CMV (retinitis, g.-i., CNS)

  • slide 48
  • Prof. Hirschel

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1/48 CMV and HIV

Reactivation of latent CMV infection can occur in advanced immune deficiency patients who have CD4 counts below 50. Retinitis, colitis and esophagitis are clearly recognized HIV-associated diseases. The existence of CMV encephalitis, and pneumonitis is controversial and often difficult to establish. While HAART has almost eliminated CMV disease, except for immune reconstitution syndrome shortly after starting treatment.

2/48 CMV retinitis (left), compared to a normal retina (right)

CMV retinitis (left), compared to a normal retina (right).

3/48 CMV Retinitis

Necrosis and inflammation; note typical peri-vascular sheathing

4/48 Initial lesions and later lesions

- The initial lesions are peri-vascular: "CMV vasculitis".- Later lesions show necrosis and hemorrhage.

5/48 Peripheral lesion of CMV retinitis. More centrally, cotton-wool exudates are also seen (arrows)

Peripheral lesion of CMV retinitis. More centrally, cotton-wool exudates are also seen (arrows).

6/48 A peripherally located lesion of CMV retinitis

A peripherally located lesion of CMV retinitis.

7/48 CMV retinitis

Resembling a pizza,note peri-vascular sheathing

8/48 CMV retinitis

Insert: vascular sheathing

9/48 3 peripheral lesions of CMV retinitis.

3 peripheral lesions of CMV retinitis.

10/48 Rapidly progressing CMV retinitis with loss of vision.

Rapidly progressing CMV retinitis with loss of vision.

11/48 Advanced immune deficiency=comorbidities

This patient was admitted to the ICU with respiratory failure due to disseminated histoplasmosis. When extubated, he complained of loss of vision (March 4, 2003). With ganciclovir treatment, he recoved most of his visual acuity (June 3, 2003).

12/48 CMV retinitis/vasculitis with vitreous inflammation

CMV retinitis/vasculitis with vitreous inflammation.

13/48 Differential diagnosis of CMV retinitis

Differential diagnosis of CMV retinitis.

14/48 CMV Retinitis: Differential diagnosis (1)

Benign « cotton wool » exudates in a HIV+ patient.

15/48 CMV Retinitis: Differential diagnosis (2)

Comparison between CMV retinitis (left), and benign exudates (right).

16/48 CMV Retinitis: Differential Diagnosis (3)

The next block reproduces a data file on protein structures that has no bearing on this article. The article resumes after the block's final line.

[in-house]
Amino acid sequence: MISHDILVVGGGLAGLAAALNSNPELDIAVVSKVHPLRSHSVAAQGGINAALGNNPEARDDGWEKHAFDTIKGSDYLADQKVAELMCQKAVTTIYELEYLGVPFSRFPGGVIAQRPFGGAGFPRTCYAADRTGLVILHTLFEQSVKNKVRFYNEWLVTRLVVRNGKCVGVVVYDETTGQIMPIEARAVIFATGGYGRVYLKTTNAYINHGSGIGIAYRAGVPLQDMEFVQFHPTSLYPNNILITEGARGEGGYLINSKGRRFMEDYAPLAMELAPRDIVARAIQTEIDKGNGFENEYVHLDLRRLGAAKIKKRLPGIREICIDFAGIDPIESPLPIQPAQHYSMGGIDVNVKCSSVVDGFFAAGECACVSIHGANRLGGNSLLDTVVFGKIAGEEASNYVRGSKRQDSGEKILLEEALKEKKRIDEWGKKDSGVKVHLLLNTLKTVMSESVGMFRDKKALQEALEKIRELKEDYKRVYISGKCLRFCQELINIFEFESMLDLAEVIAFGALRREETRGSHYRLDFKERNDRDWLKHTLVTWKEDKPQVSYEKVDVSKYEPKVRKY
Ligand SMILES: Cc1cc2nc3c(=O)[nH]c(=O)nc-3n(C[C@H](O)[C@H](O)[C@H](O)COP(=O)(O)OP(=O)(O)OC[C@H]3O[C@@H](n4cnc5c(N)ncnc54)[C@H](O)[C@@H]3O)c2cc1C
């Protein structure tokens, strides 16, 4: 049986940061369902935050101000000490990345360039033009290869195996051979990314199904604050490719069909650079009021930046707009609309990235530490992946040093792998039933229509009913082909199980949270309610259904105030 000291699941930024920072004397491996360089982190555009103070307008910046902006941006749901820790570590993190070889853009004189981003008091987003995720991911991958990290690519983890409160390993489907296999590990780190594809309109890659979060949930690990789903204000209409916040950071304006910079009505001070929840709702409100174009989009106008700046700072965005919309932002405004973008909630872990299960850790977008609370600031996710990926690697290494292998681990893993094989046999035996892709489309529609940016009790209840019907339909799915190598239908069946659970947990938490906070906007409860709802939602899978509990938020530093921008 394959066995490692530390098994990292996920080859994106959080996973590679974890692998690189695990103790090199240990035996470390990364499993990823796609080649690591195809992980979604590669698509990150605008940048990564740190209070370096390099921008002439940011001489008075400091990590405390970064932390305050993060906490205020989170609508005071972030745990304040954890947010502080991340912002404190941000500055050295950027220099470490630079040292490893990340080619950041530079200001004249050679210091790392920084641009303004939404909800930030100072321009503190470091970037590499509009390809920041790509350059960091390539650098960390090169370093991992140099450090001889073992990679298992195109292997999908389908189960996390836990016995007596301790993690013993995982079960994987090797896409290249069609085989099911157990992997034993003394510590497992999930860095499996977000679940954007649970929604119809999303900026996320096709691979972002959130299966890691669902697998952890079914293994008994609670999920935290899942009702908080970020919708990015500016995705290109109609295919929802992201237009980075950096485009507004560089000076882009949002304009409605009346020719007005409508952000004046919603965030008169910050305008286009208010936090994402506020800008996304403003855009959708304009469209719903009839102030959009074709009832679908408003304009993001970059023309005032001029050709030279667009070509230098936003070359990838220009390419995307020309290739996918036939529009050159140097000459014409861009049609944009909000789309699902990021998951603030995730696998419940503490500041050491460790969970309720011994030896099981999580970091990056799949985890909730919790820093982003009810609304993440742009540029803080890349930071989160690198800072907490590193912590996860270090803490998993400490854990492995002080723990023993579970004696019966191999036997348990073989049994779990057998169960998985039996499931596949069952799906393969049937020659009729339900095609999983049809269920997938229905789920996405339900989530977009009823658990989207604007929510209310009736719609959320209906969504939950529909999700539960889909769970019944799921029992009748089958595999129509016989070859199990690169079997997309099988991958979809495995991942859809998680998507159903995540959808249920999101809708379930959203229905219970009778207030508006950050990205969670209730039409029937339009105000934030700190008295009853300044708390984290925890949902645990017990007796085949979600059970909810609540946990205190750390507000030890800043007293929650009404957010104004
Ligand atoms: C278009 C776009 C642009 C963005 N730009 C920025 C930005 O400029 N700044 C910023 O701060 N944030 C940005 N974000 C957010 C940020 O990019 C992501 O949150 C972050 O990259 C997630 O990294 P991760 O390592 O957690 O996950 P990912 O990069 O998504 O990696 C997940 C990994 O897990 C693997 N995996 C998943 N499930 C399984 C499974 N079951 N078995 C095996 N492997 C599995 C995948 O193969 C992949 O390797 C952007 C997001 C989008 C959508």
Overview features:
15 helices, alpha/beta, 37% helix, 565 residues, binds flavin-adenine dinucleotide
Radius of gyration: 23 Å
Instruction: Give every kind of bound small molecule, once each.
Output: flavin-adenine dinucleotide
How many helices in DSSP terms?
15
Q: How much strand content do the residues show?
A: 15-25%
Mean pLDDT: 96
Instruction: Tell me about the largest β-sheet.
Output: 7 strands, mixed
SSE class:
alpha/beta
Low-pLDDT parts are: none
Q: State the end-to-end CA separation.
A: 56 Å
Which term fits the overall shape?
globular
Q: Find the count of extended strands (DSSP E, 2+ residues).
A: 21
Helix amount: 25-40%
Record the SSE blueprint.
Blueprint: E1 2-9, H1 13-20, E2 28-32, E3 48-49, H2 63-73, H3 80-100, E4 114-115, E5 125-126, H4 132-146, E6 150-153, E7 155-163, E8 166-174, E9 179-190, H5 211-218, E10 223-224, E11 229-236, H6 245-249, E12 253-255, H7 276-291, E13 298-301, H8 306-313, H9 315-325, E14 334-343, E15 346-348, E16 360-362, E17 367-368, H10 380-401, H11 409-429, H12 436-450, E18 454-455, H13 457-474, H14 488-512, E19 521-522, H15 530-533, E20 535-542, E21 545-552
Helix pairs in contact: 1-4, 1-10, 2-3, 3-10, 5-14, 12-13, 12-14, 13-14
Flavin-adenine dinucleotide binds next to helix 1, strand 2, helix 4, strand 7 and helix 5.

Differential diagnosis of CMV retinitis: Toxoplasmosis This patient was HIV-negative, and the lesion is shown before (left) and after treatment with sulfadiazine and pyrimethamine. When, as here, toxoplasma lesions are hemorrhagic, they resemble CMV

17/48 CMV Retinitis: Differential diagnosis (4)

Differential diagnosis of CMV retinitis: Toxoplasmosis. Marked edema and exudate in the vitreous body, resembles a "headlight in the fog".

18/48 CMV Retinitis: Differential diagnosis (5)

Retinal necrosis (this is not limited to HIV-related retinitis, but is occasionally seen in HIV- patients, due to herpes simplex, varicella zoster virus, or CMV)

19/48 CMV Retinitis: Differential diagnosis (7)

Retinal necrosis in disseminated virus infection. The line (arrows) delimits the retinal detachment.

20/48 CMV Retinitis: Differential diagnosis (8)

PORN: peripheral outer retinal necrosis. May be due to CMV, but virus is the most frequent cause in HIV infection.

21/48 CMV Retinitis: Differential diagnosis (9)

Miliary chorioretinitis, here due to tuberculosis. The differential includes candidemia, disseminated toxoplasmosis, PCP, and possibly syphilis.

22/48 CMV Retinitis: Differential diagnosis (10)

Chorioretinitis in a case of disseminated PCP. This patient was extremely immune suppressed, with less than 10 CD4 lymphocytes/μL. For prevention of PCP, he inhaled pentamidine monthly.

23/48 CMV Retinitis: Differential diagnosis (11)

Chorioretinitis due to syphilis.

24/48 CMV Retinitis: Differential diagnosis (12)

Chorioretinitis due to syphilis.

25/48 CMV Retinitis: Differential diagnosis (13)